Having performed tours of Asia and wowed the population there: it is now time for Rié to tour around the U.K. and bring her music to the people. Her Business Trips EP was released a month ago – it is still quite fresh in the memory. The reason I wanted to focus on its title-track was the story behind it. In my conclusion, I will expand upon the points I am addressing now but, when it comes to songwriting inspiration, I can probably exhaust it in the opening. The E.P. track, St. Martin, recalls the time the Tokyo artist met with a music businessman and another man – who told her it would be very hard to make a career out of music. That frustration lead to the song: a chance for her to prove, rather demonstratively, she is capable of making a career out of music. There are a lot of detracting voices who will tell people there are unable to fulfil their ambitions. It is quite common but, if they are saying it without evidence, it can be patronising and condescending. Calling, a song document when she moved to a small U.K. town – having been in the epicness of Tokyo – tackles isolation, identity and contrasts. The weather, people and accents; the politics, customs and religions – all conflicting and differing from what she had experienced back in Japan. That is what I was talking about regarding Rié and her travels from Tokyo. Having to disconnect from one way of life and embracing a foreign strangeness is enough to unsettle someone. Instead of retreating and hiding herself away; the songwriting took inspiration from these emotions and feelings. Her E.P. is a collection of experiences in the U.K. and how hard it has been adapting to a new nation. She has immersed herself in Britain but still finding her feet (to an extent). What strikes me about the title track is a couple of things: its links to Kate Buh and her husband.

Rié’s husband, also Japanese, was/is often away on business trips and, in addition to being hard to bare – her special other being away for a long time – it meant the young songwriter was hearing and seeing parts of her husband in static instruments and physical things. The same way Kate Bush embraces the domesticity and simplicity of a washing machine in Mrs. Bartolozzi (from 2005’s Ariel); that is what we get from Business Trips. Kate Bush’s paen to laundry and cleaning is something few artists have emulated. What strikes me about that song is how compelling and beautiful a song about housework and day-to-day work is. It is a song that boasts images of the heroine cleaning – after people traipsed mud into the house – and getting the laundry sorted. There is, in that song, a spirituality and mysticism in these appliances. Bush turns the song into a hymnal: a prayer to the pleasures and escapism of domestic chores. Rié takes guidance from Kate Bush and how she embraces the mundane in an extraordinary way. Business Trips was inspired, oddly, by a gecko that happened upon Rié one day. This, I think when her husband was away, was an embodiment of him – maybe an emblem that provoked her to bond with her surroundings. I am not one who believes in fate or reincarnation but, creatively, the creature could have represented remnants of her husband – someone watching over here and keeping her company. As she was recording and away on tour – and he was elsewhere – that sense of separation could have put strains on the marriage. Rather than dwell on the loneliness and distance: she has connected with her home and found elements of her husband in her environment. That gecko, and what it symbolises, drew her to Kate Bush and how she found romance in the ordinary. Alongside the extraordinary story and vocal performance are electronic beats, piano and koto – a mix of Japanese sounds and Western Electro-Pop inspiration.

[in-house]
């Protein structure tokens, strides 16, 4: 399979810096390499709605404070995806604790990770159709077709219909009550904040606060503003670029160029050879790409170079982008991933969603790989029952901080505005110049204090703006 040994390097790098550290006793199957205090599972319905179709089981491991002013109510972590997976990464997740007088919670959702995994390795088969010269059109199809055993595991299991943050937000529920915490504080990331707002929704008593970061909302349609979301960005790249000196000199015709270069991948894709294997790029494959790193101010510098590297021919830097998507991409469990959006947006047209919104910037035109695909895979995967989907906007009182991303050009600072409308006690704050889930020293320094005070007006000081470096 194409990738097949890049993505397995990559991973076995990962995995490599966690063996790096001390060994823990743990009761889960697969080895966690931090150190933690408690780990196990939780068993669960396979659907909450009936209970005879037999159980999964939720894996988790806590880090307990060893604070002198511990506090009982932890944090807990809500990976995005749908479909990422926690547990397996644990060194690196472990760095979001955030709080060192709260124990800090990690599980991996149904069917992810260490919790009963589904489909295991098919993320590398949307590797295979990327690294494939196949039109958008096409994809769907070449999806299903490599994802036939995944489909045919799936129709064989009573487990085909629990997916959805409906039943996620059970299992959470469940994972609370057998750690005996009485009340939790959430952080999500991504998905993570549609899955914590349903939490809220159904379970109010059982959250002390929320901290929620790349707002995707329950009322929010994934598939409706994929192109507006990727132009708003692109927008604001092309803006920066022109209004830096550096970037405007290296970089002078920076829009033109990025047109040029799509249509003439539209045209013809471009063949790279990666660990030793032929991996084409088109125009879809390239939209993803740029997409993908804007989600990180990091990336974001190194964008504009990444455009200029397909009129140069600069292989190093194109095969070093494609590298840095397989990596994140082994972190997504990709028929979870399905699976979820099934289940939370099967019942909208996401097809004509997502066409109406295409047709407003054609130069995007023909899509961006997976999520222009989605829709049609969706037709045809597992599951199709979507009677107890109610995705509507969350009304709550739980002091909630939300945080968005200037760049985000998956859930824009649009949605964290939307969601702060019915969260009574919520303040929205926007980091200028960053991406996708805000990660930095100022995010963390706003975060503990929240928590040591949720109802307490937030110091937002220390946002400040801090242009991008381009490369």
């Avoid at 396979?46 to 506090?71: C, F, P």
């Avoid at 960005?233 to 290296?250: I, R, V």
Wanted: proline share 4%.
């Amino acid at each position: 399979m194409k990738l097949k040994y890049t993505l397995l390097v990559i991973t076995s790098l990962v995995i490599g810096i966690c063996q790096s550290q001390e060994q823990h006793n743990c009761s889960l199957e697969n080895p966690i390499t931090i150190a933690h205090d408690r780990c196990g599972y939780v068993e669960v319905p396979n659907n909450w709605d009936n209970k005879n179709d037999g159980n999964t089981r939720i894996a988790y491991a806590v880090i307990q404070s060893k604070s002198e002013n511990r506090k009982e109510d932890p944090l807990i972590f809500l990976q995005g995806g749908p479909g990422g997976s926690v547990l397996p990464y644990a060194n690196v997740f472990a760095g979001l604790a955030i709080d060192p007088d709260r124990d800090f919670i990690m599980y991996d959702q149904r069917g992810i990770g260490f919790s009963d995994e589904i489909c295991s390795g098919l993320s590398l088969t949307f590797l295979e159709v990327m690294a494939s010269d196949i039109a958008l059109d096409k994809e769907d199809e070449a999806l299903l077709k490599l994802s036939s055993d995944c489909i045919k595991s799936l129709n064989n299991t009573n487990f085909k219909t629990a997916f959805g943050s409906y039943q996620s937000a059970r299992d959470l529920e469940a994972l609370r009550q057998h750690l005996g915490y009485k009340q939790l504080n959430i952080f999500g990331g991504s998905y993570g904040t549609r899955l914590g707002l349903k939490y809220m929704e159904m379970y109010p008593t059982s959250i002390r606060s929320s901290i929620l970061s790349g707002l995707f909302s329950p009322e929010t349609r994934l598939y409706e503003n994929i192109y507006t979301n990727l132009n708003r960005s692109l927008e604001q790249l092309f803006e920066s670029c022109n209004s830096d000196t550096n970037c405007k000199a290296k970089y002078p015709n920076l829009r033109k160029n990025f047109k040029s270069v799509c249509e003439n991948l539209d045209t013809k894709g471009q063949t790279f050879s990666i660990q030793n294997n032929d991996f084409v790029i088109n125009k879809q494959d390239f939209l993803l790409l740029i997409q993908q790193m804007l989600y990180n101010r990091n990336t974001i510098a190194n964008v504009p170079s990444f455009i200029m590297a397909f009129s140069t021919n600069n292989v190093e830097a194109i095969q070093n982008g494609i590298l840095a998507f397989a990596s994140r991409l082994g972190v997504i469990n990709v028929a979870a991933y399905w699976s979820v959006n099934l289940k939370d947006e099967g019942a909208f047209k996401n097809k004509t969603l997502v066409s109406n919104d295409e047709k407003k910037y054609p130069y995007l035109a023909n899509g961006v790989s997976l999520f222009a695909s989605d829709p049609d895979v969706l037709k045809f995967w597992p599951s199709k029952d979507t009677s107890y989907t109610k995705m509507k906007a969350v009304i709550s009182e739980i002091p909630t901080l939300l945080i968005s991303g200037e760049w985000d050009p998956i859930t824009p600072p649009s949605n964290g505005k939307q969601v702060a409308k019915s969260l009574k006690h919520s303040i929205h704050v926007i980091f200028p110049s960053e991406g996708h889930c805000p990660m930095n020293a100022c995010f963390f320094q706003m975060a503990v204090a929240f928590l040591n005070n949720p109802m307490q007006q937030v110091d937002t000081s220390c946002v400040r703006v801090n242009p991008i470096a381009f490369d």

There are few who take inspiration from original sources for music. I am seeing too many people go to the love-well and splits of love. Anyone who steps aside from the predictable and represents something unexpected finds a place in my heart. It is so easy going with the common and not thinking outside the box. Rié is someone – maybe motivated by her heritage and Japanese characteristics – who does not go with the average and expected. That is one reason why I am drawn to her but another aspect of her personality stands out: her bond and affiliation to art. Studying Fine Art in London; many would immerse themselves fully and not have much time for music. I can only imagine what an experience that degree/course is. Fine Art is not only about studying historic pieces and those famous painting. Many assume it will be a one-dimensional course that does not offer a window into any other cultures. One can imagine there is a chance for Rié to study Japanese art and a lot of the work she would have seen as a child. Not only would it be confusing having to adapt to a British way of life – after coming from Japan – but based in London; the differences in terms of art would have been immediate. The greatest and most reputable art galleries are based here. That provides a wonderful portal for Rié but, in terms of cultures, one wonders how many Eastern works would be hanged there. All these dimensions, diversions and dynamics, naturally, would have spiked a curious imagination and romantic soul. I listen to a song like Business Trips and see art and colours in the composition. It might be pretentious to suggest Rié composes as she paints. She will not use bland colours and project in a predictable way. She sees music as a canvas on which she can create something majestic.